> Note that this is just a marginal additional argument for the increased value of resulting log files. I'm pretty sure we can find a solution in Boston.
>
> Rigo
>
> On Thursday 31 January 2013 02:03:54 Nicholas Doty wrote:
>> I've raised concerns (in Amsterdam and on each subsequent call where
>> we've discussed the proposed exception model), but this thread is a
>> good opportunity to put them into writing. I will try to be clear and
>> concise.
>>
>> ## Incentives for different parties
>>
>> As has rightly been pointed out, an entirely malicious third party
>> actor need not use the exception mechanism to get a DNT: 0 signal
>> sent. But given the first/third party model we're using, it will not
>> generally be the party who calls storeTrackingException that receives
>> the DNT: 0 signal. First party publishers who may receive higher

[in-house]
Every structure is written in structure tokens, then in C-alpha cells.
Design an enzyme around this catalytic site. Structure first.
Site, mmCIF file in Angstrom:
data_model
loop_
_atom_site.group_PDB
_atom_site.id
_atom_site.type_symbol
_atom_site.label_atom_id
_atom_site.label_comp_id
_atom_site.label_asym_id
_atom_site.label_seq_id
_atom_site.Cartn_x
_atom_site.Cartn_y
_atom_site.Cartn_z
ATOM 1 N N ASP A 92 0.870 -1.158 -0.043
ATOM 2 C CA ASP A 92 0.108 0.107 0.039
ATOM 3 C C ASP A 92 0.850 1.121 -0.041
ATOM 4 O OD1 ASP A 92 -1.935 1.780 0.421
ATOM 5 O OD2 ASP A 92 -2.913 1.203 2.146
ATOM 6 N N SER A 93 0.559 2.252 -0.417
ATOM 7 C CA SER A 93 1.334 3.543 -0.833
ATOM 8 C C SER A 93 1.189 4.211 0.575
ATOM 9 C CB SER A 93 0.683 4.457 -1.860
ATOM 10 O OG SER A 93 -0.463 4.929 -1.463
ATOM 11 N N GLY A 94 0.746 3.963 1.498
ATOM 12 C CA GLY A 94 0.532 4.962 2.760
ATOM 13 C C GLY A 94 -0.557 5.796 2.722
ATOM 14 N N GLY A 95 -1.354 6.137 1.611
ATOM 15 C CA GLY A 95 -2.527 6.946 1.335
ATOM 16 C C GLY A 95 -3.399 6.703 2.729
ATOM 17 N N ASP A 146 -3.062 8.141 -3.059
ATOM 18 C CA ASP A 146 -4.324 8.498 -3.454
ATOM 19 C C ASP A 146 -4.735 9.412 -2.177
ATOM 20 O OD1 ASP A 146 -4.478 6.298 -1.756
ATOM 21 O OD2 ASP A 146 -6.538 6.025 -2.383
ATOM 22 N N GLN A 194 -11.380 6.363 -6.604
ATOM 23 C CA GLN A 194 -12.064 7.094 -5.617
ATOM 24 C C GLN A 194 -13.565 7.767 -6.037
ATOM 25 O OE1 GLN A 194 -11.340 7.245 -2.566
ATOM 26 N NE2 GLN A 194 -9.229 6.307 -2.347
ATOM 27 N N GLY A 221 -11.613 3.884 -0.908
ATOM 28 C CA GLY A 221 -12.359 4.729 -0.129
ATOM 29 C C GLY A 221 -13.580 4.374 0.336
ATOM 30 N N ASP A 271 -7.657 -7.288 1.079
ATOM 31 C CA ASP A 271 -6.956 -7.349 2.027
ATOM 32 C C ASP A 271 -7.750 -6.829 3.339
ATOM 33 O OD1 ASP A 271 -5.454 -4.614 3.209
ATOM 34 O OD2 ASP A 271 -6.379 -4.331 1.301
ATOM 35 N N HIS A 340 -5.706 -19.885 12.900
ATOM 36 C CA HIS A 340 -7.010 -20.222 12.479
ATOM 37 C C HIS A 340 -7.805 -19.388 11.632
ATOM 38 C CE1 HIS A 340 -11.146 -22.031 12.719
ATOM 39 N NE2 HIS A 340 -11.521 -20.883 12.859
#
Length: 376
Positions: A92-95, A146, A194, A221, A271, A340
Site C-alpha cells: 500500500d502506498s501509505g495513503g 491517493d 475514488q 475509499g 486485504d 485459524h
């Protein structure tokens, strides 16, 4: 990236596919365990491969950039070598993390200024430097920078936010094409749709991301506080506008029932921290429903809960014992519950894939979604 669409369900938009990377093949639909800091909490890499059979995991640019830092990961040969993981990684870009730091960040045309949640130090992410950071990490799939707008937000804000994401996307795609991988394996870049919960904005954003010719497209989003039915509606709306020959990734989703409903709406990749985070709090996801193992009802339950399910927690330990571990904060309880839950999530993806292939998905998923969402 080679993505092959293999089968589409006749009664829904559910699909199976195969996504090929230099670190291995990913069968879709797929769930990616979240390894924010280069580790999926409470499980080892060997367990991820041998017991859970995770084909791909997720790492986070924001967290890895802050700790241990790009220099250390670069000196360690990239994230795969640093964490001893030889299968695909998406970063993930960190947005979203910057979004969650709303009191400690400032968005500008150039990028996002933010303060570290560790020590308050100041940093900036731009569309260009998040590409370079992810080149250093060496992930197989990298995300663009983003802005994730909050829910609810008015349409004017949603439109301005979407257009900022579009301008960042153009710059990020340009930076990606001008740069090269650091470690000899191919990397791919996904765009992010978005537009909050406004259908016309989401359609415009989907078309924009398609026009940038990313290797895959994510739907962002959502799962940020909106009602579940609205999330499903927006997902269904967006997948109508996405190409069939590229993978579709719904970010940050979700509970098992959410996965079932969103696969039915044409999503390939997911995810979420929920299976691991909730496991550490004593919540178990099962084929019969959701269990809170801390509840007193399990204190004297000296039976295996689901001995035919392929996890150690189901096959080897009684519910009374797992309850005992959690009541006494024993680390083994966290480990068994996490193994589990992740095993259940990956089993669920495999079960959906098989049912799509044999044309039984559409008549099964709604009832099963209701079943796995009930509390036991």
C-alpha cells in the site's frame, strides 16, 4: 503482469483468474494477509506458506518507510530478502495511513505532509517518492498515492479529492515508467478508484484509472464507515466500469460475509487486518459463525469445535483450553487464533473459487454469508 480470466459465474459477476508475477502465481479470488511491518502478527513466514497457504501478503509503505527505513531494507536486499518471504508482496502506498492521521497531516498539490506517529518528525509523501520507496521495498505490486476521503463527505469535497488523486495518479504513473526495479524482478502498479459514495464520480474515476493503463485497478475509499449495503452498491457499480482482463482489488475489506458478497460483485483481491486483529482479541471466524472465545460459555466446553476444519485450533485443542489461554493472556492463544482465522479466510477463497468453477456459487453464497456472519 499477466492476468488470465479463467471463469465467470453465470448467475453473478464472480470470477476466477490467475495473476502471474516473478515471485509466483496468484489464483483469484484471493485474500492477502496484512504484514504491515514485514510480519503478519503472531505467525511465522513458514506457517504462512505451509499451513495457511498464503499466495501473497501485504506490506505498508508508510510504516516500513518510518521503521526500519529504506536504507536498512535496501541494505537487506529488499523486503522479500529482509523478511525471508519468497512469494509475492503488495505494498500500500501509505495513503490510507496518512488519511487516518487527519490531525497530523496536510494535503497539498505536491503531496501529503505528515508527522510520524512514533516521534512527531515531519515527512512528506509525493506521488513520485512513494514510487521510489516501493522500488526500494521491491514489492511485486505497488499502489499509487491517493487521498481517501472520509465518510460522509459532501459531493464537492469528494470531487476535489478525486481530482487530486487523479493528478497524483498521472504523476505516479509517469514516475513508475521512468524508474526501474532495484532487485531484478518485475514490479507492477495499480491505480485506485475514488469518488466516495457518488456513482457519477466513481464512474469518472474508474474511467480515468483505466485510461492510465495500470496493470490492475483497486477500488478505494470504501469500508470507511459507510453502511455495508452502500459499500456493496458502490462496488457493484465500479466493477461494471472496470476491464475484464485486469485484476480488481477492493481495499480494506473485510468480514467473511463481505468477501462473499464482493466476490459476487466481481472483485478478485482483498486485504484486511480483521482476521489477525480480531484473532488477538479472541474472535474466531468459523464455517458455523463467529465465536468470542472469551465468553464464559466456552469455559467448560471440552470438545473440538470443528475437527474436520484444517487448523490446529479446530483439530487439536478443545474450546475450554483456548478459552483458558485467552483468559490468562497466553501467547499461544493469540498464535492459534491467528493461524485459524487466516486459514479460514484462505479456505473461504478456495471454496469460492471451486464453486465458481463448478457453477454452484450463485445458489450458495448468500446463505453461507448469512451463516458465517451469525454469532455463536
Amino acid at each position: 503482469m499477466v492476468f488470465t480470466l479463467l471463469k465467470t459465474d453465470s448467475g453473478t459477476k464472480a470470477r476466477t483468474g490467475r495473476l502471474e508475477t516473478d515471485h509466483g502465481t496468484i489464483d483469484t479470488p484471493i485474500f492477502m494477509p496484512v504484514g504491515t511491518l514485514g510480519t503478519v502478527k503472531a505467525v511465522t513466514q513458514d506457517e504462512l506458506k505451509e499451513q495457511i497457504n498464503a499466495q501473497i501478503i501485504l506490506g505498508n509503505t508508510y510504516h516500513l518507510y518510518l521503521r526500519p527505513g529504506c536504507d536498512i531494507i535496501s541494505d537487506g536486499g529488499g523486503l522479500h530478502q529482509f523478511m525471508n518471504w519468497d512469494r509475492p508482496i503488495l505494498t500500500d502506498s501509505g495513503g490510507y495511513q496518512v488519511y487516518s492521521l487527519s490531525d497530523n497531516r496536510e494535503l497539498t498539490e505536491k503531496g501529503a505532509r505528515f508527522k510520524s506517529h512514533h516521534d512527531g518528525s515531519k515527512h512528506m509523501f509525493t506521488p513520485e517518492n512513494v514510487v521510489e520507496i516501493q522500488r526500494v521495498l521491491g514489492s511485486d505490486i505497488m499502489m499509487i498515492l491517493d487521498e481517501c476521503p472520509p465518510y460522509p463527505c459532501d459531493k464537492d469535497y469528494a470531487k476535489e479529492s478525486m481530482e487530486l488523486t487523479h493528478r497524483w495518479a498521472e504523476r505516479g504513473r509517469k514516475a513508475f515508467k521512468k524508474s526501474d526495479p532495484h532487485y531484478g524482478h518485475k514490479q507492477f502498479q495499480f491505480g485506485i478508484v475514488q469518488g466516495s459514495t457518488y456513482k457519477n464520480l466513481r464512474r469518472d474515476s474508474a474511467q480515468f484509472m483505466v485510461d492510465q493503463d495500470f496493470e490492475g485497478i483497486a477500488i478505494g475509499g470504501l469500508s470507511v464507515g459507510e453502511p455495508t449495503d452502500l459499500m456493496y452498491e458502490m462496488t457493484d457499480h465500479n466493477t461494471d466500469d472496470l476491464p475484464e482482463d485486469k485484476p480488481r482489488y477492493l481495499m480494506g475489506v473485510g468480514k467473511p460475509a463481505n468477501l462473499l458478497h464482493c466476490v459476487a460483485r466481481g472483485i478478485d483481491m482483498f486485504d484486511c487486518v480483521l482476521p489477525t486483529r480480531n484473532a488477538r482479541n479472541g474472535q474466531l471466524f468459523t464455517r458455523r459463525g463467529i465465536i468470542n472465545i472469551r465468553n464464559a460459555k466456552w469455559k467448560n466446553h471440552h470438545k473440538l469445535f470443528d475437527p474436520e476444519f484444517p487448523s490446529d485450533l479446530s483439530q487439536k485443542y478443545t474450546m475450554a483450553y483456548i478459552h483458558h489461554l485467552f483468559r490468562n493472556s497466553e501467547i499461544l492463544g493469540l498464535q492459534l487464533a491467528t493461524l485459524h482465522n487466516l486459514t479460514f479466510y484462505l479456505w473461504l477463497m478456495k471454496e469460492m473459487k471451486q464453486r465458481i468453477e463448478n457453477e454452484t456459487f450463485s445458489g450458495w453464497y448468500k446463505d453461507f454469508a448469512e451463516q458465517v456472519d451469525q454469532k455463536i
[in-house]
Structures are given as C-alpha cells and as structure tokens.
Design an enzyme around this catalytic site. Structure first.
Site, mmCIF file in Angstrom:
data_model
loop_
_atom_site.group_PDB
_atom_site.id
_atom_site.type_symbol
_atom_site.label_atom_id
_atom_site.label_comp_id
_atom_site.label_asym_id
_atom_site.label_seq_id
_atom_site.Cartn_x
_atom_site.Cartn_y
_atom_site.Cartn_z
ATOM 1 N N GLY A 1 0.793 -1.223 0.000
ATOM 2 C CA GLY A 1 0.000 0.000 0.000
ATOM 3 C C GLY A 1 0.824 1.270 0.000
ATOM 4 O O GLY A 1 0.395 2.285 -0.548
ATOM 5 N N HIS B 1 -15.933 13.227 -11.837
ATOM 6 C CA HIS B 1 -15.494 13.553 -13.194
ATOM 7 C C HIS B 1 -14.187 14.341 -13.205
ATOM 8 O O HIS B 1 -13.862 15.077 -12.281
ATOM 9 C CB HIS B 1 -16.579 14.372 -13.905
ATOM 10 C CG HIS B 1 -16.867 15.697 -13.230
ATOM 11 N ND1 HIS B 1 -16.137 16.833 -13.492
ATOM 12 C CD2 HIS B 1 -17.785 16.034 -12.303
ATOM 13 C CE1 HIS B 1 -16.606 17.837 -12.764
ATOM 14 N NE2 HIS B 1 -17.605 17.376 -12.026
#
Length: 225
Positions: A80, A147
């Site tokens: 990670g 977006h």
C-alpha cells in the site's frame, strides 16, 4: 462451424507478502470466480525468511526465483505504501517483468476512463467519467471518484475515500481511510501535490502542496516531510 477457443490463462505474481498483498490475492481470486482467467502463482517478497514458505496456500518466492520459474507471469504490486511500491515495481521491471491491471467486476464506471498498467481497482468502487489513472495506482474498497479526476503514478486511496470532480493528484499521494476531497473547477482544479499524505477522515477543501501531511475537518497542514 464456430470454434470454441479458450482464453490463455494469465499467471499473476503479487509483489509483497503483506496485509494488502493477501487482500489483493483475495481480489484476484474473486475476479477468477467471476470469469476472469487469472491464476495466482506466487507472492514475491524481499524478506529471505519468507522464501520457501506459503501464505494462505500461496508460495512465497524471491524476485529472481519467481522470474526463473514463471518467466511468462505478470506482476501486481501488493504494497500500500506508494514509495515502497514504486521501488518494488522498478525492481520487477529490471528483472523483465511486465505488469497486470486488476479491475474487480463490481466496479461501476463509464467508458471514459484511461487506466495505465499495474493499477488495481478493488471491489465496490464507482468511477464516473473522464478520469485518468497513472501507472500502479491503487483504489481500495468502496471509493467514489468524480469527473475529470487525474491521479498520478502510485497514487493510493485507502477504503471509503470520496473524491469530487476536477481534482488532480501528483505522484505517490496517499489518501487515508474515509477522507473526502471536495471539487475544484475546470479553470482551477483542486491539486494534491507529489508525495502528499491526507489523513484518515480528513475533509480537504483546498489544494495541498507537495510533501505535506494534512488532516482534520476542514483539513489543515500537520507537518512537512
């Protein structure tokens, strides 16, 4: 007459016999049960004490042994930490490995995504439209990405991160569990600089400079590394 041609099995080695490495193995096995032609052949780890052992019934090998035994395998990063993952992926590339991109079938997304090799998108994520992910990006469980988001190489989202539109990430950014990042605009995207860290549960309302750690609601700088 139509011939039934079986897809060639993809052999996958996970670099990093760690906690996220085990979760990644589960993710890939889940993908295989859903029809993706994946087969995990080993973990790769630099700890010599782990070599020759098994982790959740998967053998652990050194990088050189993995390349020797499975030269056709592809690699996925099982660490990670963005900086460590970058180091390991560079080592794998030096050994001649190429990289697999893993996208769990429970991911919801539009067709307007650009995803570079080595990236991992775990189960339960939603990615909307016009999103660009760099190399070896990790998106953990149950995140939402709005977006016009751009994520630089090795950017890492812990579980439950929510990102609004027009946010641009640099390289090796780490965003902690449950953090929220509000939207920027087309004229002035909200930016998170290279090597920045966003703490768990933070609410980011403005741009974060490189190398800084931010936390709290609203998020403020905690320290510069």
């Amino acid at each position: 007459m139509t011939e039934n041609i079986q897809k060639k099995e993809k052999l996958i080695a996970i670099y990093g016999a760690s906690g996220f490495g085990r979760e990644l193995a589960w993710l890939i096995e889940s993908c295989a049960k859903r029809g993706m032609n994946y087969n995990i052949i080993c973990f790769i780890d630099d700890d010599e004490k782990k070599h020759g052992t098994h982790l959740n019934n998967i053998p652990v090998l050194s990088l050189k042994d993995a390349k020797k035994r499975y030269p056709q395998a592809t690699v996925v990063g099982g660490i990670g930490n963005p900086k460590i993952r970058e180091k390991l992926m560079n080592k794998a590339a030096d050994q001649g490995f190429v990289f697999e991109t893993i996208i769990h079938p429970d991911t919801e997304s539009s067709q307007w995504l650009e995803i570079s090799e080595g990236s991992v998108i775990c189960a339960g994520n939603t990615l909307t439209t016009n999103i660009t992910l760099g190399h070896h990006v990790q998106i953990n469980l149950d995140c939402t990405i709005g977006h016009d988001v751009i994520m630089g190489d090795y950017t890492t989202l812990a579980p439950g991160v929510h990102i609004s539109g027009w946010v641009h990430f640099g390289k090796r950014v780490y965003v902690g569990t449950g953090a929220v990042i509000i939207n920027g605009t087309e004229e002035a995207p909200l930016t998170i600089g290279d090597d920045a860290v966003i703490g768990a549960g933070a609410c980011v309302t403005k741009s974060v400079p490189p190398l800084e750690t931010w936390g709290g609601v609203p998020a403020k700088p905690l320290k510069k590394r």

>> revenue from their third-party advertising partners for visitors with
>> DNT: 0 would be incentivized to call storeTrackingException to change
>> the user's expressed preference to DNT: 0 even when the user might not
>> actually want to do so. This could even be a malicious first party,
>> but might commonly be a first party who misunderstands (copying and
>> pasting code, as in the P3P CP example) or is incentivized to be
>> unclear in obtaining consent.
>>
>> This would be a bad experience for users, who would see their
>> preferences reversed in potentially surprising ways, and lose faith in
>> the DNT system.
>>
>> It would be bad for upstanding third parties who wish to rely on DNT:
>> 0's affirmative meaning (or even rely on it meaning the absence of
>> DNT: 1). If a third party wishes to ensure that the exception-granting